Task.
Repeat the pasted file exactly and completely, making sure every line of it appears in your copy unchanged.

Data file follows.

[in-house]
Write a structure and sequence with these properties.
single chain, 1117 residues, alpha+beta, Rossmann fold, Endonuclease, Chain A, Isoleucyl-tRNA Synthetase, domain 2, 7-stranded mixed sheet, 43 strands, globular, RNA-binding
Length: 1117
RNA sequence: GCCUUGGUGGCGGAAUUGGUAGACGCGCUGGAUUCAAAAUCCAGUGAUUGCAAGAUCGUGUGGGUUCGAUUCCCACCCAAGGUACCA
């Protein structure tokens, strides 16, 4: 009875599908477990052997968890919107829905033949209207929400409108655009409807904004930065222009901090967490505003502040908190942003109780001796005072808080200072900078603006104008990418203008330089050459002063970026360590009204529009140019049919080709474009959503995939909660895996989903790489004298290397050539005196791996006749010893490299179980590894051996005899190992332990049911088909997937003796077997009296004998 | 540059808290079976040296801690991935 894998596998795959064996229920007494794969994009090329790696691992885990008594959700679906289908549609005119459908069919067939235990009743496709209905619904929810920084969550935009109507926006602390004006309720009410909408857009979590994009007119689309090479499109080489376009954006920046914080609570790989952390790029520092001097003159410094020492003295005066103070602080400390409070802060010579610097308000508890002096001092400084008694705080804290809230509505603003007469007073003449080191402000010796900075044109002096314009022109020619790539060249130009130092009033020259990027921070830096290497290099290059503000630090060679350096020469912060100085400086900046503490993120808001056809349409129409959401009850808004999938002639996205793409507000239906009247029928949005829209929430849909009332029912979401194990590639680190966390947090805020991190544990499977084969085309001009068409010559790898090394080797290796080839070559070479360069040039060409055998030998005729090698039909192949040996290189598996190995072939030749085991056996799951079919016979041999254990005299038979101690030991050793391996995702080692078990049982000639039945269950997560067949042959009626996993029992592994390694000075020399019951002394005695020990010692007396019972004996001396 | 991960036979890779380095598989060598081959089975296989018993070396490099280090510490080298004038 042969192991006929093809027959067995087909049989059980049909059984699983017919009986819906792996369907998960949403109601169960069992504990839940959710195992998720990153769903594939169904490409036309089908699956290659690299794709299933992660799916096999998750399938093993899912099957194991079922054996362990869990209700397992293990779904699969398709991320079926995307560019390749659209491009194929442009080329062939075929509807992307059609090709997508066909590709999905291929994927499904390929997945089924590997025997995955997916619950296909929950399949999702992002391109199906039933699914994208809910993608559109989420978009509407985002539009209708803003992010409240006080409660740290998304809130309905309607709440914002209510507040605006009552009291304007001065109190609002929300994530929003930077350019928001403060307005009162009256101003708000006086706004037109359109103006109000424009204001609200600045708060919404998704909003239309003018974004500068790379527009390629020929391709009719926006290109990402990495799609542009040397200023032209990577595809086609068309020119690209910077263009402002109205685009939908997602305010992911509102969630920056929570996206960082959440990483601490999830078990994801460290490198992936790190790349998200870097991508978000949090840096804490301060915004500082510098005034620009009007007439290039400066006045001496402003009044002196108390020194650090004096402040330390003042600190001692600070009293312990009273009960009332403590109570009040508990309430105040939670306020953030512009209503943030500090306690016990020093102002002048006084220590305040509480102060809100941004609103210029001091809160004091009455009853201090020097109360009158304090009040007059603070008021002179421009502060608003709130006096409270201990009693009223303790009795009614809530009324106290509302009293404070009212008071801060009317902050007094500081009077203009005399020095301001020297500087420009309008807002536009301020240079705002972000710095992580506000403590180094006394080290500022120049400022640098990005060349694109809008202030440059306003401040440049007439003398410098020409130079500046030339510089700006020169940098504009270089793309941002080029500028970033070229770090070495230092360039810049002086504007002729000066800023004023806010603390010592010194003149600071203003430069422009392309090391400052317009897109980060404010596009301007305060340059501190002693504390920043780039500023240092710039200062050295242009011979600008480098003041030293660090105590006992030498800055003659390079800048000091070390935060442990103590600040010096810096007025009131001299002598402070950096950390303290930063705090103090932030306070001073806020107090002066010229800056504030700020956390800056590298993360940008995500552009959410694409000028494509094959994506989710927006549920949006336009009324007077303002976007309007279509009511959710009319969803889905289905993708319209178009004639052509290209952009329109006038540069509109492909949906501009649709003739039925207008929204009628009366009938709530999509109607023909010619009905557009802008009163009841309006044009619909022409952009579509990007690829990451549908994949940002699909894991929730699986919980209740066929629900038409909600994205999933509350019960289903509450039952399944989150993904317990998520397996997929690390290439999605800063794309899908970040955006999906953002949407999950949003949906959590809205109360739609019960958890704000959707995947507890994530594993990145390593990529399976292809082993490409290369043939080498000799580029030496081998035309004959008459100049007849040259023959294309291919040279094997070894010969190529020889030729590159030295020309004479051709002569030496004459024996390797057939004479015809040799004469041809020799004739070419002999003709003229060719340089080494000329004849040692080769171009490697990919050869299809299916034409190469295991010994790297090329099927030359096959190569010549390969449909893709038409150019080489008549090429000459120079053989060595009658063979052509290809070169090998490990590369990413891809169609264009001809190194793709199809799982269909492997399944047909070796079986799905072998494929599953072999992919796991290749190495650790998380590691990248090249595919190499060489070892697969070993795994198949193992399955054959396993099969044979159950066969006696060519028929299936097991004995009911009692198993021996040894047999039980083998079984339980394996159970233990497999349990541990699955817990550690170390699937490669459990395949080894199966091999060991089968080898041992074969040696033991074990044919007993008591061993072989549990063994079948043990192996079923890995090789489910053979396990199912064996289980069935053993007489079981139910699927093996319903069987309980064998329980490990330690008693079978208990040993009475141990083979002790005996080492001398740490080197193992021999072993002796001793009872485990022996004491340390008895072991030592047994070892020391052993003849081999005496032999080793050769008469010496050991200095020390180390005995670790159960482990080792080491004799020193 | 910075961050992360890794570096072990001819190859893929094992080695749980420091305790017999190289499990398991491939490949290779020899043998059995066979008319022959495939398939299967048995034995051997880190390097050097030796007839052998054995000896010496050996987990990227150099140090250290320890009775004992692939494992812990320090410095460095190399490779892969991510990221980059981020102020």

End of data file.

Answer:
[in-house]
Write a structure and sequence with these properties.
single chain, 1117 residues, alpha+beta, Rossmann fold, Endonuclease, Chain A, Isoleucyl-tRNA Synthetase, domain 2, 7-stranded mixed sheet, 43 strands, globular, RNA-binding
Length: 1117
RNA sequence: GCCUUGGUGGCGGAAUUGGUAGACGCGCUGGAUUCAAAAUCCAGUGAUUGCAAGAUCGUGUGGGUUCGAUUCCCACCCAAGGUACCA
């Protein structure tokens, strides 16, 4: 009875599908477990052997968890919107829905033949209207929400409108655009409807904004930065222009901090967490505003502040908190942003109780001796005072808080200072900078603006104008990418203008330089050459002063970026360590009204529009140019049919080709474009959503995939909660895996989903790489004298290397050539005196791996006749010893490299179980590894051996005899190992332990049911088909997937003796077997009296004998 | 540059808290079976040296801690991935 894998596998795959064996229920007494794969994009090329790696691992885990008594959700679906289908549609005119459908069919067939235990009743496709209905619904929810920084969550935009109507926006602390004006309720009410909408857009979590994009007119689309090479499109080489376009954006920046914080609570790989952390790029520092001097003159410094020492003295005066103070602080400390409070802060010579610097308000508890002096001092400084008694705080804290809230509505603003007469007073003449080191402000010796900075044109002096314009022109020619790539060249130009130092009033020259990027921070830096290497290099290059503000630090060679350096020469912060100085400086900046503490993120808001056809349409129409959401009850808004999938002639996205793409507000239906009247029928949005829209929430849909009332029912979401194990590639680190966390947090805020991190544990499977084969085309001009068409010559790898090394080797290796080839070559070479360069040039060409055998030998005729090698039909192949040996290189598996190995072939030749085991056996799951079919016979041999254990005299038979101690030991050793391996995702080692078990049982000639039945269950997560067949042959009626996993029992592994390694000075020399019951002394005695020990010692007396019972004996001396 | 991960036979890779380095598989060598081959089975296989018993070396490099280090510490080298004038 042969192991006929093809027959067995087909049989059980049909059984699983017919009986819906792996369907998960949403109601169960069992504990839940959710195992998720990153769903594939169904490409036309089908699956290659690299794709299933992660799916096999998750399938093993899912099957194991079922054996362990869990209700397992293990779904699969398709991320079926995307560019390749659209491009194929442009080329062939075929509807992307059609090709997508066909590709999905291929994927499904390929997945089924590997025997995955997916619950296909929950399949999702992002391109199906039933699914994208809910993608559109989420978009509407985002539009209708803003992010409240006080409660740290998304809130309905309607709440914002209510507040605006009552009291304007001065109190609002929300994530929003930077350019928001403060307005009162009256101003708000006086706004037109359109103006109000424009204001609200600045708060919404998704909003239309003018974004500068790379527009390629020929391709009719926006290109990402990495799609542009040397200023032209990577595809086609068309020119690209910077263009402002109205685009939908997602305010992911509102969630920056929570996206960082959440990483601490999830078990994801460290490198992936790190790349998200870097991508978000949090840096804490301060915004500082510098005034620009009007007439290039400066006045001496402003009044002196108390020194650090004096402040330390003042600190001692600070009293312990009273009960009332403590109570009040508990309430105040939670306020953030512009209503943030500090306690016990020093102002002048006084220590305040509480102060809100941004609103210029001091809160004091009455009853201090020097109360009158304090009040007059603070008021002179421009502060608003709130006096409270201990009693009223303790009795009614809530009324106290509302009293404070009212008071801060009317902050007094500081009077203009005399020095301001020297500087420009309008807002536009301020240079705002972000710095992580506000403590180094006394080290500022120049400022640098990005060349694109809008202030440059306003401040440049007439003398410098020409130079500046030339510089700006020169940098504009270089793309941002080029500028970033070229770090070495230092360039810049002086504007002729000066800023004023806010603390010592010194003149600071203003430069422009392309090391400052317009897109980060404010596009301007305060340059501190002693504390920043780039500023240092710039200062050295242009011979600008480098003041030293660090105590006992030498800055003659390079800048000091070390935060442990103590600040010096810096007025009131001299002598402070950096950390303290930063705090103090932030306070001073806020107090002066010229800056504030700020956390800056590298993360940008995500552009959410694409000028494509094959994506989710927006549920949006336009009324007077303002976007309007279509009511959710009319969803889905289905993708319209178009004639052509290209952009329109006038540069509109492909949906501009649709003739039925207008929204009628009366009938709530999509109607023909010619009905557009802008009163009841309006044009619909022409952009579509990007690829990451549908994949940002699909894991929730699986919980209740066929629900038409909600994205999933509350019960289903509450039952399944989150993904317990998520397996997929690390290439999605800063794309899908970040955006999906953002949407999950949003949906959590809205109360739609019960958890704000959707995947507890994530594993990145390593990529399976292809082993490409290369043939080498000799580029030496081998035309004959008459100049007849040259023959294309291919040279094997070894010969190529020889030729590159030295020309004479051709002569030496004459024996390797057939004479015809040799004469041809020799004739070419002999003709003229060719340089080494000329004849040692080769171009490697990919050869299809299916034409190469295991010994790297090329099927030359096959190569010549390969449909893709038409150019080489008549090429000459120079053989060595009658063979052509290809070169090998490990590369990413891809169609264009001809190194793709199809799982269909492997399944047909070796079986799905072998494929599953072999992919796991290749190495650790998380590691990248090249595919190499060489070892697969070993795994198949193992399955054959396993099969044979159950066969006696060519028929299936097991004995009911009692198993021996040894047999039980083998079984339980394996159970233990497999349990541990699955817990550690170390699937490669459990395949080894199966091999060991089968080898041992074969040696033991074990044919007993008591061993072989549990063994079948043990192996079923890995090789489910053979396990199912064996289980069935053993007489079981139910699927093996319903069987309980064998329980490990330690008693079978208990040993009475141990083979002790005996080492001398740490080197193992021999072993002796001793009872485990022996004491340390008895072991030592047994070892020391052993003849081999005496032999080793050769008469010496050991200095020390180390005995670790159960482990080792080491004799020193 | 910075961050992360890794570096072990001819190859893929094992080695749980420091305790017999190289499990398991491939490949290779020899043998059995066979008319022959495939398939299967048995034995051997880190390097050097030796007839052998054995000896010496050996987990990227150099140090250290320890009775004992692939494992812990320090410095460095190399490779892969991510990221980059981020102020």